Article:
In accordance with a preferred embodiment of the present invention, a compare circuit for a content-addressable memory comprises a pair of storage node lines, a pair of compare lines, and two sets of transistors. The pair of storage node lines are complementary to each other and are connected to a memory cell of the content-addressable memory for determining a state of the memory cell. In a like manner, the pair of compare lines are also complementary to each other. The first set of transistors are four transistors connected in series to be enabled by a logical one from one of the storage node lines for allowing a signal from one of the compare lines to propagate to an output. The second set of transistors are also four transistors connected in series to be enabled by a logical zero from the same storage node line for allowing a signal from the other compare line to propagate to the output. Under the present invention, a signal from either compare line needs to propagate through only one level of transistors in order to reach the output.

All objects, features, and advantages of the present invention will become apparent in the following detailed written description.

BRIEF DESCRIPTION OF THE DRAWINGS

The invention itself, as well as a preferred mode of use, further objects, and advantages thereof, will best be understood by reference to the following detailed description of an illustrative embodiment when read in conjunction with the accompanying drawings, wherein:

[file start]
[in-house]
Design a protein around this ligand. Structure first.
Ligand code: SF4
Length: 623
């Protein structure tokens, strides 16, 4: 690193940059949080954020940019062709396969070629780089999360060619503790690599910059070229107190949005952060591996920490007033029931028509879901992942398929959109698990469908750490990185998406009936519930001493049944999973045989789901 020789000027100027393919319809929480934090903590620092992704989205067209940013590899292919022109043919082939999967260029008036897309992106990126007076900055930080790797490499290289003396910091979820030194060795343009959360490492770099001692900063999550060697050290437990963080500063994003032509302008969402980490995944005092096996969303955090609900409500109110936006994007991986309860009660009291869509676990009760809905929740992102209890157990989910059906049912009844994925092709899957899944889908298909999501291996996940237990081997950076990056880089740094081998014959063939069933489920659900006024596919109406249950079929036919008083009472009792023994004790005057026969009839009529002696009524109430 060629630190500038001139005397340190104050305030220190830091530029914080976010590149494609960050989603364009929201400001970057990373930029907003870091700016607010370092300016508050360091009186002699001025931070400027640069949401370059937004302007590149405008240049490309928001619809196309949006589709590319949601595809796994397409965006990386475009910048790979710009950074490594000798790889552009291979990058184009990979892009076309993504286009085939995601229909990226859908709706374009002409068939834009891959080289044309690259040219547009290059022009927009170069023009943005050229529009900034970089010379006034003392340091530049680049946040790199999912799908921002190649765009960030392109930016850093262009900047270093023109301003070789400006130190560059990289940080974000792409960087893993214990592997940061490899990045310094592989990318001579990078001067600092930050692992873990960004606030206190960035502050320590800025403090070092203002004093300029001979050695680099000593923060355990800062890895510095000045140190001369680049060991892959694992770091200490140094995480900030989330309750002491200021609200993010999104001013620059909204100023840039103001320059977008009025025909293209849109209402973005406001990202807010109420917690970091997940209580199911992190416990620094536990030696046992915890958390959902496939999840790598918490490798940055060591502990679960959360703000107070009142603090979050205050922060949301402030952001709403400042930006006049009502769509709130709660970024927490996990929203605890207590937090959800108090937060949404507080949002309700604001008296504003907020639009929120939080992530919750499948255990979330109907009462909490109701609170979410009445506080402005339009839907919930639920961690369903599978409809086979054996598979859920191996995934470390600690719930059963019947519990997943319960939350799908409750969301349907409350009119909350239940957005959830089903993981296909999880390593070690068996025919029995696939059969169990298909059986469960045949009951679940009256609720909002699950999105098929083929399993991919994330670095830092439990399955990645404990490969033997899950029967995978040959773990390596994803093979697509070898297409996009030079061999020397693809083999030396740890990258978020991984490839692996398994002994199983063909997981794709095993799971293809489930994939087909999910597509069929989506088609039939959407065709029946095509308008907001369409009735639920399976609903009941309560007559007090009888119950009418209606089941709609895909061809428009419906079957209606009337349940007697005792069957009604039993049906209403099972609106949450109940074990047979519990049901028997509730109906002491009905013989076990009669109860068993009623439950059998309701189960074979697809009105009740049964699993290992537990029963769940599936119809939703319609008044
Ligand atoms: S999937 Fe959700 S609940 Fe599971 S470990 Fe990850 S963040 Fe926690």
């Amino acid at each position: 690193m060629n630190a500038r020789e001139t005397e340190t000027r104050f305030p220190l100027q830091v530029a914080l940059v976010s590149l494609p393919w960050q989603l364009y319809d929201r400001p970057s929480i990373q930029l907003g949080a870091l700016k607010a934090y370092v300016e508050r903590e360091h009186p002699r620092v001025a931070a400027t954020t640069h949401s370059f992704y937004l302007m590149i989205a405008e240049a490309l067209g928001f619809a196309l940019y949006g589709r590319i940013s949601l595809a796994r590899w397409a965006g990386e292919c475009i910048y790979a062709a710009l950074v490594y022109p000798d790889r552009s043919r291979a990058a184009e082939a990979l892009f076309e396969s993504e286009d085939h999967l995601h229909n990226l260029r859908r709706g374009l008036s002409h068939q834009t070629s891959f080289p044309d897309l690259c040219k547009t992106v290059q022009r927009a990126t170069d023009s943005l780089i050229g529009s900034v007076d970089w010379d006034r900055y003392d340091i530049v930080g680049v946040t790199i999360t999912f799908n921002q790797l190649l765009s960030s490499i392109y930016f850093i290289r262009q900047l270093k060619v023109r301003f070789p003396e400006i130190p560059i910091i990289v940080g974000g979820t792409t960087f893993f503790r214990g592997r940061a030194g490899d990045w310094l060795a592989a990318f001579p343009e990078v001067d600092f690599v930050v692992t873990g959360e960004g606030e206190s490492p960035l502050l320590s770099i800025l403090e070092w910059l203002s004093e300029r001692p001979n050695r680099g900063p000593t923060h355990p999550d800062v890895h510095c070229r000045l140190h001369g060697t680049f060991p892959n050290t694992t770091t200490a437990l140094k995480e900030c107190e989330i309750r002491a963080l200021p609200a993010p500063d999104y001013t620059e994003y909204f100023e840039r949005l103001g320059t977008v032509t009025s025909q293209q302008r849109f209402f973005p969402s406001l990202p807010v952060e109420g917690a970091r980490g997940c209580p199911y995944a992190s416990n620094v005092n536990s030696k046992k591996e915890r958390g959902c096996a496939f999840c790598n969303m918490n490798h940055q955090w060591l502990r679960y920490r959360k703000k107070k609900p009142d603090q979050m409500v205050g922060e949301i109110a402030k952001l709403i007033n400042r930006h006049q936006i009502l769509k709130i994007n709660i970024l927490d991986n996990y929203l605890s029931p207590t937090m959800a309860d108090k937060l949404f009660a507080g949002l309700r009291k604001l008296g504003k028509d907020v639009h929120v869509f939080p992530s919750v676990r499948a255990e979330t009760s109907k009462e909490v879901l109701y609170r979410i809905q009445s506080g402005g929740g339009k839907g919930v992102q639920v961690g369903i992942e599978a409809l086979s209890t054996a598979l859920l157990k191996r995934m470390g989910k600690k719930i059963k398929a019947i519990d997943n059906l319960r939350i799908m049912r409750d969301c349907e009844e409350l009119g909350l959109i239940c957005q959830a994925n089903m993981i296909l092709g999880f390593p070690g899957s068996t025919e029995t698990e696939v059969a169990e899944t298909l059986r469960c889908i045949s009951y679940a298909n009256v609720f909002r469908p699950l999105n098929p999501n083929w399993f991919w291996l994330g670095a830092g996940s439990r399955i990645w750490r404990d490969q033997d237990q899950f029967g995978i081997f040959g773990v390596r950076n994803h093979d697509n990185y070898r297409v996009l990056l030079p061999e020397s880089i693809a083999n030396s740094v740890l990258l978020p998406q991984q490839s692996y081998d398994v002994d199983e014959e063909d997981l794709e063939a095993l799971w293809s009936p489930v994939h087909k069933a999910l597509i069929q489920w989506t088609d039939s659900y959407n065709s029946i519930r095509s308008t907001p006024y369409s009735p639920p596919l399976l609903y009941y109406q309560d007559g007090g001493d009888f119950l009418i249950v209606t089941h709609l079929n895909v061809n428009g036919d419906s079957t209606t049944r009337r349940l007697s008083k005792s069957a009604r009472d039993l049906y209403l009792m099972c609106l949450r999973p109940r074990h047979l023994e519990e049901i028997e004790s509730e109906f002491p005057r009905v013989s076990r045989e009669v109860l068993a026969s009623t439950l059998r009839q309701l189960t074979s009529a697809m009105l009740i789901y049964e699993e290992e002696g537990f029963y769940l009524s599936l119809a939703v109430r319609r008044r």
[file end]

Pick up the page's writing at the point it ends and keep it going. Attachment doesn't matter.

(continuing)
FIG. 1 is a block diagram of a typical data processing system in which a content-addressable memory, in accordance with a preferred embodiment of the invention, may be incorporated;

FIG. 2 is a block diagram illustrating a content-addressable memory in relation to its associated data cell array within the instruction cache or data cache of FIG. 1;

FIG. 3 is a schematic diagram of a CMOS content-addressable memory cell having a compare circuitry according to prior art;

FIG. 4 is a schematic diagram of a CMOS content-addressable memory cell having a compare circuitry according to a preferred embodiment of the invention; and

FIG. 5 is a graphical plot of the compare circuitry of FIG. 4 illustrating the number of contacts required for such arrangement.

DETAILED DESCRIPTION OF PREFERRED EMBODIMENT

The present invention may be implemented in any data processing system having a content-addressable memory (CAM). Also, it is understood that the features of the present invention may be applicable to a primary cache, a secondary cache, a translation buffer, and the like, wherever a CAM is applicable.